Second, she notes that the profession of teaching, with its relatively low wages and lack of autonomy, struggles to attract and support some of the people who might reimagine homework, as well as other aspects of education. “Part of why we get less interesting homework is because some of the people who would really have pushed the limits of that are no longer in teaching,” she says.
“In general, we have no imagination when it comes to homework,” Stengel says. She wishes teachers had the time and resources to remake homework into something that actually engages students. “If we had kids reading—anything, the sports page, anything that they’re able to read—that’s the best single thing. If we had kids going to the zoo, if we had kids going to parks after school, if we had them doing all of those things, their test scores would improve. But they’re not. They’re going home and doing homework that is not expanding what they think about.”
“Exploratory” is one word Mike Simpson used when describing the types of homework he’d like his students to undertake. Simpson is the head of the Stone Independent School, a tiny private high school in Lancaster, Pennsylvania, that opened in 2017. “We were lucky to start a school a year and a half ago,” Simpson says, “so it’s been easy to say we aren’t going to assign worksheets, we aren’t going assign regurgitative problem sets.” For instance, a half-dozen students recently built a 25-foot trebuchet on campus.
Simpson says he thinks it’s a shame that the things students have to do at home are often the least fulfilling parts of schooling: “When our students can’t make the connection between the work they’re doing at 11 o’clock at night on a Tuesday to the way they want their lives to be, I think we begin to lose the plot.”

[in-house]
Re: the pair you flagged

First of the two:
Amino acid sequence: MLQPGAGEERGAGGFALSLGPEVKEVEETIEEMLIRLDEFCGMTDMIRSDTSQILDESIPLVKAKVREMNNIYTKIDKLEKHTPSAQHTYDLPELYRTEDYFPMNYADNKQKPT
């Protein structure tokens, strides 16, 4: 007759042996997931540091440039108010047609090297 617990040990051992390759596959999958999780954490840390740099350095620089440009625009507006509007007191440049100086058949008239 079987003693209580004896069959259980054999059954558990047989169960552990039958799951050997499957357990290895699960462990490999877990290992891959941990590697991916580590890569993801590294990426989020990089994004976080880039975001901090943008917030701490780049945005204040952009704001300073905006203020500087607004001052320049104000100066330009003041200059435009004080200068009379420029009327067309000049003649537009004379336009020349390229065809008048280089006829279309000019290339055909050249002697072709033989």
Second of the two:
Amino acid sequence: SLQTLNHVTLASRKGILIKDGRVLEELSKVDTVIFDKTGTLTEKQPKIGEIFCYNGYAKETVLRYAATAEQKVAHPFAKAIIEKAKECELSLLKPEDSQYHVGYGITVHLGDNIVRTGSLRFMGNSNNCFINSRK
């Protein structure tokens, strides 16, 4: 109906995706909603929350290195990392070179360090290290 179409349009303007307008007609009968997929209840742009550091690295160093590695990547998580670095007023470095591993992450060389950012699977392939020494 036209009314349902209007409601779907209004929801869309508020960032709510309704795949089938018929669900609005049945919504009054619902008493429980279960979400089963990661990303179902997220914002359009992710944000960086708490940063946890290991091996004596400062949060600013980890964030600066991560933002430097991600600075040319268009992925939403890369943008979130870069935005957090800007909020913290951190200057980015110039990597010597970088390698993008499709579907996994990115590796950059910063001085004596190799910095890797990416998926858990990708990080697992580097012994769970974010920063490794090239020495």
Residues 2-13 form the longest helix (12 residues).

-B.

When I talked with other teachers who did homework makeovers in their classrooms, I heard few regrets. Brandy Young, a second-grade teacher in Joshua, Texas, stopped assigning take-home packets of worksheets three years ago, and instead started asking her students to do 20 minutes of pleasure reading a night. She says she’s pleased with the results, but she’s noticed something funny. “Some kids,” she says, “really do like homework.” She’s started putting out a bucket of it for students to draw from voluntarily—whether because they want an additional challenge or something to pass the time at home.
Chris Bronke, a high-school English teacher in the Chicago suburb of Downers Grove, told me something similar. This school year, he eliminated homework for his class of freshmen, and now mostly lets students study on their own or in small groups during class time. It’s usually up to them what they work on each day, and Bronke has been impressed by how they’ve managed their time.
In fact, some of them willingly spend time on assignments at home, whether because they’re particularly engaged, because they prefer to do some deeper thinking outside school, or because they needed to spend time in class that day preparing for, say, a biology test the following period. “They’re making meaningful decisions about their time that I don’t think education really ever gives students the experience, nor the practice, of doing,” Bronke said.
The typical prescription offered by those overwhelmed with homework is to assign less of it—to subtract. But perhaps a more useful approach, for many classrooms, would be to create homework only when teachers and students believe it’s actually needed to further the learning that takes place in class—to start with nothing, and add as necessary.